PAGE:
Industry News | April 10, 2012
Arizona Golf Club Launches Food Truck, Coffee Shop
Grayhawk Golf Club recently launched two new food and beverage offerings: Chuck, the food truck, and Morning Joint, a.k.a. Mojo.
Already cruising the streets of Scottsdale, Arizona, Chuck serves up a variety of chef-crafted American favorites including soups, salads, wraps, tacos, and sandwiches. Chuck is also available for special catering events such as corporate outings and private parties. With its robust onboard kitchen, Chuck is able to serve up to 3,000 guests.
Grayhawk’s Chef Jeff Storcz oversees Chuck’s culinary creations, many of which were originally concocted for consumption in Quill Creek Café and Phil’s Grill. Custom menus are also available for private catering events.
Chef Storcz also oversees Moring Joint, Grayhawk’s new coffee shop and eatery that serves breakfast and lunch. The new establishment is open daily from 6:30 a.m. to 3 p.m. in the Grayhawk’s clubhouse. Morning Joint offers roughly 2,000 square feet of indoor/outdoor dining space for enjoyment of a coffee drink, breakfast, or lunch item, or simply to relax and socialize with family and friends.
The beverage menu features a variety of coffees both hot and iced, espresso drinks with a host of flavors, drip coffee, teas (black and herbal), fruit smoothies, frappes, hot chocolate, and soft drinks. The lunch menu, known as the “Nooner,” features a variety of starters, soups, salads, and bagel sandwiches.
Mojo’s breakfast offerings including pastries, muffins, and twists on traditional breakfast items such as:
- Mojo Burrito – scrambled eggs, Italian sausage, caramelized onions, roasted peppers, and pickled fennel balsamic salsa
- Pizza Frittata – pepperoni, sausage, basil, tomatoes, and mozzarella cheese
- Skinny Frittata – pesto, spinach, Portobello mushrooms, mozzarella cheese, artichokes, and sundried tomatoes
- Fried Egg Sandwich – potato bun, fried egg, red peppers, bacon, arugula, and chipotle aioli
- Breakfast Lasagna – shredded hash browns and tomato Parmesan cheese sauce with a poached or fried egg
“Since opening, Grayhawk has always featured a popular dining experience, and now we’re taking it to the streets with Chuck,” says Brian Bevard, director of operations for Grayhawk Golf Club.
“And the Moring Joint satisfies golfers looking for a quick bite and exceptional cup of coffee before their tee time. Plus, it’s a great place for locals to hang out. So far, both are doing very well. It’s a blast to expand our horizons and have a bit of fun at the same time.”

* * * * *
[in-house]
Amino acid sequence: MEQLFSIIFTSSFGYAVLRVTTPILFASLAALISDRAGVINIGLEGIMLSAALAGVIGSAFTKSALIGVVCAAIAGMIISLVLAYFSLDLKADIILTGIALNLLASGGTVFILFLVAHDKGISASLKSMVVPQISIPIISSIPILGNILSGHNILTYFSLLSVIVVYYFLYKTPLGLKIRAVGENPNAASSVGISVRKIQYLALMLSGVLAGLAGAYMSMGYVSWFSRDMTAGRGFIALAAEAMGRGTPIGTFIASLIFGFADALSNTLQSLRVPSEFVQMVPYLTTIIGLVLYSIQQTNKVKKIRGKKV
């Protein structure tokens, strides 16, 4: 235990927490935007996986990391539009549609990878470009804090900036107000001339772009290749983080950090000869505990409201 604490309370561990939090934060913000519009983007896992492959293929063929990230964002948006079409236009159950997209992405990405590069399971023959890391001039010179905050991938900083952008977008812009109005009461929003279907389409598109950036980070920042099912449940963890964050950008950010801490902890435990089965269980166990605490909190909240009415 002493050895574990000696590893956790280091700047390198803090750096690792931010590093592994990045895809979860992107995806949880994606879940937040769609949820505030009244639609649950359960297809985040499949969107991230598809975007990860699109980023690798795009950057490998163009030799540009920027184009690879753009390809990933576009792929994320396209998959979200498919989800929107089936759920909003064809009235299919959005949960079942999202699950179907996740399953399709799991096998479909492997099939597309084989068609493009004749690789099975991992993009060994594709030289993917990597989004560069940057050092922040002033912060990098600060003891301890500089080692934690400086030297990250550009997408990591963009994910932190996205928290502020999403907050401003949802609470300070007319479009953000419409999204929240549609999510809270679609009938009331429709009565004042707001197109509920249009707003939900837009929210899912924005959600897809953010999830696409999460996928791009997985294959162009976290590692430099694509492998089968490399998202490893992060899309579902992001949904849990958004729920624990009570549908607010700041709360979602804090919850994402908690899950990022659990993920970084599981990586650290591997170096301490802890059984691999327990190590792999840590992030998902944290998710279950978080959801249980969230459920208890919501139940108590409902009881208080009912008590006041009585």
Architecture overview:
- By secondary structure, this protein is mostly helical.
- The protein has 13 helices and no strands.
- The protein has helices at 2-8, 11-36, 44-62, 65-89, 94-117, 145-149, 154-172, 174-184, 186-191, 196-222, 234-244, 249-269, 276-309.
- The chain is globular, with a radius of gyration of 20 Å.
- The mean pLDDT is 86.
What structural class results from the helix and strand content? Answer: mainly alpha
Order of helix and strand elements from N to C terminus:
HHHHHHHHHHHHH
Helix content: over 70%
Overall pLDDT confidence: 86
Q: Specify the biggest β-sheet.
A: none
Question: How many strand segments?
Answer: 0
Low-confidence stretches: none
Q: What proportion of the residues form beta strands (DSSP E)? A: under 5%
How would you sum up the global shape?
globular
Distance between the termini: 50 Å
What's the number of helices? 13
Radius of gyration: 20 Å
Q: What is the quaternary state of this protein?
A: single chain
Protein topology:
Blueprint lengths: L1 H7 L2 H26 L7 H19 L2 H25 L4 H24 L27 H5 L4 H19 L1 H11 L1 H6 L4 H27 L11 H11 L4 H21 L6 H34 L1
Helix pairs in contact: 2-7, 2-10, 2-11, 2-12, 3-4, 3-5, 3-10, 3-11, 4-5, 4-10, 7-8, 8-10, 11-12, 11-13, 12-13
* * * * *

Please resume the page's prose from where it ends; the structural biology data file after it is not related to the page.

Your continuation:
Food & Beverage
Our Secret is Out
We never meant to keep it a secret. Truth be told, we’ve communicated it in not-so-subtle ways for many years. Perhaps we should have tooted our horn more or made a ruckus. But we had faith and knew you would see it too. The situation spoke for itself.
And now we’ve been proven correct.
It began with this year’s edition of the National Restaurant Association’s annual “What’s Hot” survey. Once again the results showed that American Culinary Federation chefs feel ethnic-influenced breakfast are “Hot.” That meant that eggs and their traditional home turf continue to be recognized as something alive and vibrant. Yes!
Then the brand and product consultancy Sterling-Rice Group (SRG) issued its annual “Cutting Edge Dining Trends” for 2014, naming one of its ten trends “The Year of the Yolk.” Although whole eggs remain in growth mode, in SRG’s view the yolk itself will be making news this year. The group’s belief is that the “creamy, decadent, golden globe will reign in 2014,” providing a richness to foods that might have been thought to be the sole jurisdiction of cheeses and creams.
Examples of operators chosen by SRG to show those currently using yolks in creative ways are fine dining operations, which are traditionally where trends incubate before moving on to other segments’ menus. Included among them are Blackbird (Chicago) and its Heirloom Tomato Salad with Cured Egg Yolk, and Blue Hill (NYC) with an Egg Yolk Carbonara in celery root and bacon.
To be sure, cured egg yolks are showing up on more and more menus, and the growing interest in Korean cuisine in which yolks are an integral part will also increase their visibility. We’re looking forward to seeing what else creative chefs do to prove the Sterling-Rice group right.
Then, in January, came this pronouncement from Restaurant.com: The #1 trend in 2014 for American eateries would be eggs. And not just in the morning.
“Overall, 2014 really will be the year of the egg,” stated Christopher Krohn, president and CEO of Restaurant.com, the largest restaurant dining deals website.
The organization reviewed thousands of menu items from more than 15,000 operations to prepare its 2014 trend predictions. The item that kept rising to the top? Eggs.
Krohn expects to see “an explosion of egg dishes in 2014.” Although breakfast is a given, he anticipates significantly more eggs on lunch and dinner menus as well. And the dishes won’t be only traditional egg salads or quiche, but also egg-topped salads, burgers, pizza and pastas.
The breakfast-for-dinner trend is expected to continue to grow, as will availability of ethnic egg specialties such as Huevos Rancheros. Eggs have a lot going for them. They appeal as a comfort food, are also extremely versatile and fit into a wide variety of cuisines.
So our secret is now out. Or had you already figured it out?
Yeah, I thought so.
For more, visit www.AEB.org.
Go to bit.ly/LidG5V to read our first three 2014 Incredible Breakfast Trends on Asian influenced breakfasts, the evolution of Latin-inspired breakfast cuisine, and the success of breakfast-focused food trucks.